The views expressed in this article are those of the author and do not reflect official policy or position of the Department of the Navy, the Department of Defense, the Uniformed Services University of the Health Sciences, or the United States Government.

© Copyright 2019 Anesthesia Abstracts · Volume 12 Number 17, February 4, 2019

Randomized trial of acupuncture with antiemetics for reducing postoperative nausea in children

Acta Anaesthesiol Scand 2019;63:292–297

DOI: 10.1111/aas.13288

Martin CS, Deverman SE, Norvell DC, Cusick CJ, Kendrick A, Kohl J



Purpose   The purpose of this study was to determine if a combination of P6 Acupuncture + AntiEmetic therapy (A+AE) would reduce PONV compared to prophylactic AntiEmetic therapy alone (AE) in children undergoing tonsillectomy with or without adenoidectomy.


Background   Tonsillectomy is one of the most common surgical procedures performed in children. Unfortunately, 25-30% of children experience vomiting after tonsillectomy despite prophylactic antiemetic therapy. Acupuncture at the pericardium 6 (P6) point in adults has been demonstrated in systematic reviews to significantly decrease PONV and need for antiemetic rescue therapy compared to controls. However, no significant difference was found when acupuncture was compared to antiemetic therapy or a combination of acupuncture and antiemetic therapy.


There have been few studies on acupuncture in children; with one study examining a combination of acupuncture plus droperidol vs. droperidol alone finding no difference in the incidence of PONV. Another trial found that acupuncture decreased PONV in children only during the first two hours after surgery.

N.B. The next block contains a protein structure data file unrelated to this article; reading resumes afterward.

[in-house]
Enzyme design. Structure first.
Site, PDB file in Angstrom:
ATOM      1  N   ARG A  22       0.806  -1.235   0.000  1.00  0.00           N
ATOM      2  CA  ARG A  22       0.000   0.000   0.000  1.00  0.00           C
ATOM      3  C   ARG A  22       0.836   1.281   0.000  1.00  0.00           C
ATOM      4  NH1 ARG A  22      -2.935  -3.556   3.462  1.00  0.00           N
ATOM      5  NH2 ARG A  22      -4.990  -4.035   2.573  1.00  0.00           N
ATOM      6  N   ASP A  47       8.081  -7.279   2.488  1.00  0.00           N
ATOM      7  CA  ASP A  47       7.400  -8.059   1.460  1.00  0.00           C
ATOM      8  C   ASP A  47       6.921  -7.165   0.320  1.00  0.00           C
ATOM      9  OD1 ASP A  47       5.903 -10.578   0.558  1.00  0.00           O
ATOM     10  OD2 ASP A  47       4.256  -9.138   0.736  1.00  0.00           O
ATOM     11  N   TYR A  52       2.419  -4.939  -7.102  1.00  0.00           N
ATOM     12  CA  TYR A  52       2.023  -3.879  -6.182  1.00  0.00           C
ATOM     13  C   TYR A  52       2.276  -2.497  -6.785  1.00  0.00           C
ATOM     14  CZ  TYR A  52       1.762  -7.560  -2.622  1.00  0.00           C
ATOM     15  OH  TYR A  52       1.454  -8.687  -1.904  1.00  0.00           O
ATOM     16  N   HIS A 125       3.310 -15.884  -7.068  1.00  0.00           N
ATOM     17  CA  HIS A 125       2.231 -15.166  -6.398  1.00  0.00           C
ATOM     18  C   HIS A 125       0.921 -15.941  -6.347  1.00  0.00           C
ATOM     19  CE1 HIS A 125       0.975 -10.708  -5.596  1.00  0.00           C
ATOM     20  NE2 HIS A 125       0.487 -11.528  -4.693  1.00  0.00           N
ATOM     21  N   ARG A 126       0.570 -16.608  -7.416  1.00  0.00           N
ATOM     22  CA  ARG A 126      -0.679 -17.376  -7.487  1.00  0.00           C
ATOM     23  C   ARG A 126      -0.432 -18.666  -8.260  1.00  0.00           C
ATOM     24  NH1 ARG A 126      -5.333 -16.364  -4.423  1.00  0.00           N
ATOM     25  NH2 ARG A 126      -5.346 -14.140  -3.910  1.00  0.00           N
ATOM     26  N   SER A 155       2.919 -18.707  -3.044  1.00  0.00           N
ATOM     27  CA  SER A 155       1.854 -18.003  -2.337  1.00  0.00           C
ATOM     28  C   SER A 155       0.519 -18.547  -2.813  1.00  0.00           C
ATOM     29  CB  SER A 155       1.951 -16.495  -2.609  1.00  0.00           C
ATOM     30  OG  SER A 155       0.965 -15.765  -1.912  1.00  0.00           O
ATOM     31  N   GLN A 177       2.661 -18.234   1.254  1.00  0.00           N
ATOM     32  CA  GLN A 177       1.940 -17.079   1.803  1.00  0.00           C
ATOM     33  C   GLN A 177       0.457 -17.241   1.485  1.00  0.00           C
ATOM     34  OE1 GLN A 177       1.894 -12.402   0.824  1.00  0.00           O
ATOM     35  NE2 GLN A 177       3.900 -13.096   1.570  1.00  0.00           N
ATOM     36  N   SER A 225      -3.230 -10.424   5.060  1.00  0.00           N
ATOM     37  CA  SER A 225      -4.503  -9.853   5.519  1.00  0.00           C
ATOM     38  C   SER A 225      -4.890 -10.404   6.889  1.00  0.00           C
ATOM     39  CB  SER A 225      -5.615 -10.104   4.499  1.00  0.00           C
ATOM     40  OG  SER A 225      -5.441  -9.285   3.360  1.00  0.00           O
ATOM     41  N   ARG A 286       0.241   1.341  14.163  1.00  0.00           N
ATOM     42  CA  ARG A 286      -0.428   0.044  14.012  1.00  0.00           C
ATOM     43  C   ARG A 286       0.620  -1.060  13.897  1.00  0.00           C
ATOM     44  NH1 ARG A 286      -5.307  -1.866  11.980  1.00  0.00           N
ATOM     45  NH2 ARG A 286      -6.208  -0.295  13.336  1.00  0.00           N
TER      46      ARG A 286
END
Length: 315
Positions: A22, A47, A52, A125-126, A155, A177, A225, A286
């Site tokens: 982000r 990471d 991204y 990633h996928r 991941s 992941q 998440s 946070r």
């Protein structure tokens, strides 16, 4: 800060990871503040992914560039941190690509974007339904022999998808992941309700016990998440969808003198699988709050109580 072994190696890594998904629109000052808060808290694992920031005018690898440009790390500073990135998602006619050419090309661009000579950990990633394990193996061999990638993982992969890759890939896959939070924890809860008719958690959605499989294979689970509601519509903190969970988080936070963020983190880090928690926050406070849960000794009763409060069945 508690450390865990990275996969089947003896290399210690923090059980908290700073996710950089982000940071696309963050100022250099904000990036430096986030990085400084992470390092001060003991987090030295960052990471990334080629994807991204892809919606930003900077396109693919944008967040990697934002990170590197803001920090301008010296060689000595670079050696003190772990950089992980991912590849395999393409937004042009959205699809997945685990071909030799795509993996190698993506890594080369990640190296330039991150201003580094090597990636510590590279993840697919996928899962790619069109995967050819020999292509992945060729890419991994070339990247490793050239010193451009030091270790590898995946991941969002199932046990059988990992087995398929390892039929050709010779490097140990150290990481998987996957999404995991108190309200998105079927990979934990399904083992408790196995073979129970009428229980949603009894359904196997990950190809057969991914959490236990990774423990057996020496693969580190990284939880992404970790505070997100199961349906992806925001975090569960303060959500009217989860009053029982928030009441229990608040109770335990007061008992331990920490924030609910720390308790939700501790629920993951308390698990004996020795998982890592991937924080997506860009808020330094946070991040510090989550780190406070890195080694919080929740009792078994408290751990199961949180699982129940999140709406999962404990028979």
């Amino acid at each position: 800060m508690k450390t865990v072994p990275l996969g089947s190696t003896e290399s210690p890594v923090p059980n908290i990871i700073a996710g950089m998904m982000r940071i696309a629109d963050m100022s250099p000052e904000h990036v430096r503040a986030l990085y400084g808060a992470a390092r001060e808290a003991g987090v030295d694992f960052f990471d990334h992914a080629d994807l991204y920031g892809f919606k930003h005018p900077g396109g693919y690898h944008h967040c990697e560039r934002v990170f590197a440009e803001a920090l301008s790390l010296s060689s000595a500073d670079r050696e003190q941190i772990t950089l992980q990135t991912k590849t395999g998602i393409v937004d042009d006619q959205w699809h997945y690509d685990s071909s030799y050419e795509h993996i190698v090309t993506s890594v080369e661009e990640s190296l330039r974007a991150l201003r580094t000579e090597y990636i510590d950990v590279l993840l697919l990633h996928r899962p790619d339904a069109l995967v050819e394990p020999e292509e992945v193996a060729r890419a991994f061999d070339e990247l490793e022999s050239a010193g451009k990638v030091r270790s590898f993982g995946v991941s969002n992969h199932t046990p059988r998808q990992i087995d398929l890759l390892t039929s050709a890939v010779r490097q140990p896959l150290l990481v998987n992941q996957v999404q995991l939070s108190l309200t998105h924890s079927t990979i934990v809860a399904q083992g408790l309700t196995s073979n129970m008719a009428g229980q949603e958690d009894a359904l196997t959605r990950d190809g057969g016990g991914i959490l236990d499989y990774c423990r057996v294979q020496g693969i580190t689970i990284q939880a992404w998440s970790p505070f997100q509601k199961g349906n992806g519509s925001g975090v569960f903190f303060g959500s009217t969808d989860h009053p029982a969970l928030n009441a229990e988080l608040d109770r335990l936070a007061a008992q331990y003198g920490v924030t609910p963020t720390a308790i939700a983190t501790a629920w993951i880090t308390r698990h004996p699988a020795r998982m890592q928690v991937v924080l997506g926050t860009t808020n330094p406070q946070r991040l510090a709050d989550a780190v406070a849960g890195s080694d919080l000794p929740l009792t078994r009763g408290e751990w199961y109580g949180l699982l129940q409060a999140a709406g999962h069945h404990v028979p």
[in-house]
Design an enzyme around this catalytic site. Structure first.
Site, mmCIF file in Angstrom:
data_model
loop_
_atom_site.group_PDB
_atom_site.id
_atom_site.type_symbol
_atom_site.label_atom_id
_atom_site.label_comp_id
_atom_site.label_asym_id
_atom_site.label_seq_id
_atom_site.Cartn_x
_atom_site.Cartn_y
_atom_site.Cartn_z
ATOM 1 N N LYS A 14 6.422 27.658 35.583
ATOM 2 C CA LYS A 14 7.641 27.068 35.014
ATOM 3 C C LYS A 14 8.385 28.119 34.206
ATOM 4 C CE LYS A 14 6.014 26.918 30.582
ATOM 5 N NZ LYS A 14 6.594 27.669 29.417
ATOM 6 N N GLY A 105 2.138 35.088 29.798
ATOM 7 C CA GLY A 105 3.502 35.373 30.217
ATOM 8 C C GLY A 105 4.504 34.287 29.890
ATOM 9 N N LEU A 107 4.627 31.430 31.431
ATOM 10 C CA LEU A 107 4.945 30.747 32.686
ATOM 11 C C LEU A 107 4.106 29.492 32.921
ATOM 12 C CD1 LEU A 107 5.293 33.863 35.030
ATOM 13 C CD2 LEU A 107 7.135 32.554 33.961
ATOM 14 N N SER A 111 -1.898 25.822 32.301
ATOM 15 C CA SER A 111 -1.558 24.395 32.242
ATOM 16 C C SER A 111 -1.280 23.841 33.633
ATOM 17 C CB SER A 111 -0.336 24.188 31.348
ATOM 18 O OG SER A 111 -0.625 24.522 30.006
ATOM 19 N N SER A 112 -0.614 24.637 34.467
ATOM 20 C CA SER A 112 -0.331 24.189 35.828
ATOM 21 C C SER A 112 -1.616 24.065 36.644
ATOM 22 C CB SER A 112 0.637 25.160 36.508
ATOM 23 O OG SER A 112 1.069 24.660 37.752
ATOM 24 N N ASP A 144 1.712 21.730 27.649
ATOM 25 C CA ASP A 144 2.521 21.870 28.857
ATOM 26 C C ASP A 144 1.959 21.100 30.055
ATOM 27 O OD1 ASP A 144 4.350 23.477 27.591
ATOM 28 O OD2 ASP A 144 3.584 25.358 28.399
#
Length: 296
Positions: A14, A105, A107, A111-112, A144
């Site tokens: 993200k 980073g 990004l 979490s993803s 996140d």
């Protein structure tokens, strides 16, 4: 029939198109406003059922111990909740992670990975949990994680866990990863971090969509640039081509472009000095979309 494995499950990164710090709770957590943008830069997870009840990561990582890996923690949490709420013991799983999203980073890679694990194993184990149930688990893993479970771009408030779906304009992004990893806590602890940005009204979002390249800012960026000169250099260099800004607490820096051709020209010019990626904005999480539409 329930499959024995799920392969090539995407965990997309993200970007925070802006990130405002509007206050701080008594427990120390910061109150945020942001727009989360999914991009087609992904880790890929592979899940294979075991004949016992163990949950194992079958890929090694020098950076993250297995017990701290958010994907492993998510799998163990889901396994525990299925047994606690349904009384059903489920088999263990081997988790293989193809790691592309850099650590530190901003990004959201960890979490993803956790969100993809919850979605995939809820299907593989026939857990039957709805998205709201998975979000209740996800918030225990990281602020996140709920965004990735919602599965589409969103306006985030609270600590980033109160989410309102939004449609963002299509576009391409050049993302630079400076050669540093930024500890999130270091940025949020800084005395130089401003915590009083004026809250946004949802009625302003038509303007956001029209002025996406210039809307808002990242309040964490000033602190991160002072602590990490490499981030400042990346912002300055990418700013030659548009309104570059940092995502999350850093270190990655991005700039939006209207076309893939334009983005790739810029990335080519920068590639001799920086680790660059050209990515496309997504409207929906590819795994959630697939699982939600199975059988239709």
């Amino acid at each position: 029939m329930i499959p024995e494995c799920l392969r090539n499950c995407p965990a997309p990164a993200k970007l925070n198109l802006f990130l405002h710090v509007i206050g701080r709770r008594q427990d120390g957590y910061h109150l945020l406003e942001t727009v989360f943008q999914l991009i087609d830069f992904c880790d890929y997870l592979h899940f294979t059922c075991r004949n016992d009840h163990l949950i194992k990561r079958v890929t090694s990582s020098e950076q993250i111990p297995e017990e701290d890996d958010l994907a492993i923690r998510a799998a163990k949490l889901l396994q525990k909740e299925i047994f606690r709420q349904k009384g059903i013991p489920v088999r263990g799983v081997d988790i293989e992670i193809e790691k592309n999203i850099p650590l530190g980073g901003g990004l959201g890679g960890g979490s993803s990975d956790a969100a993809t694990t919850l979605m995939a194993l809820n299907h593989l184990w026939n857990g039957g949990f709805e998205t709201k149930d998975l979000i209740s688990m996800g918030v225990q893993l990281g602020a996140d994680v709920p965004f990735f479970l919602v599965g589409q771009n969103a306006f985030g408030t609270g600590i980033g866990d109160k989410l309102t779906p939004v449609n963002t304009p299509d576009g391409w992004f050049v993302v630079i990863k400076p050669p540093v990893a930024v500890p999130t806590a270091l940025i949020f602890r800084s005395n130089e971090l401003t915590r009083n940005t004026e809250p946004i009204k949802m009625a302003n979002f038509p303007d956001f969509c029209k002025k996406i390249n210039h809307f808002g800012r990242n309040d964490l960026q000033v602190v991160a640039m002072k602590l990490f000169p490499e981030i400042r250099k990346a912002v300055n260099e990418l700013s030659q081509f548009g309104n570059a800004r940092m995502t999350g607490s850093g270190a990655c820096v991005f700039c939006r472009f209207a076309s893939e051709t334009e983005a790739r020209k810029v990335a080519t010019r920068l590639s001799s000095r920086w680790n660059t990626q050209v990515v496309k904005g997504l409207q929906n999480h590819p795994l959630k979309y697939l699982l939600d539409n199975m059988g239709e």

Figure 1: Location of P6 Acupuncture Point

Note: In an adult, the P6 acupuncture point is located 2 inches proximal to the palmer crease between the palmaris longus tendon and the flexor carpi radialis tendon.


Methodology   This was a randomized, double-blind, controlled study comparing A+AE to AE alone in pediatric patients undergoing tonsillectomy with or without adenoidectomy. Children in the A+AE group received bilateral acupuncture at the P6 point plus ondansetron 0.15 mg/Kg and dexamethasone 0.25 mg/Kg, up to10 mg 15 minutes before then end of surgery. Children in the AE group received only antiemetic therapy. For the A+AE group Seirin pionex press needles were inserted in each wrist after induction.


Acupuncture needles were removed after completion of the surgical procedure and prior to leaving the operating room. A small bandage was placed over each needle insertion site. Children in the AE group also had bilateral small bandages placed over each wrist to blind nurses, patients, and parents. A standard general anesthetic and postoperative analgesic and rescue antiemetic protocol was used. Parents received a prescription for oxycodone and were instructed to only administer oxycodone if the pain was not controlled by acetaminophen and ibuprofen.


The primary outcome was the incidence of PONV in the PACU and on postoperative day one (POD 1). Secondary outcomes included individual frequency of nausea, retching and vomiting in PACU and on POD 1; rescue antiemetic administered; amount of pain medication, and duration of PACU. Nurses in the PACU asked the child about feelings of nausea, and recorded episodes of retching and vomiting. On POD 1 an investigator contacted the child's parents to obtain information on PONV, opioid and antiemetic consumption. Investigators obtained outcome data from the electronic medical record. The study was powered to find a 17.5% difference in PONV which required N = 90 in each group. An intention to treat analysis was used. An interim analysis after N = 164 children (both groups) were enrolled was required by the institutional review board.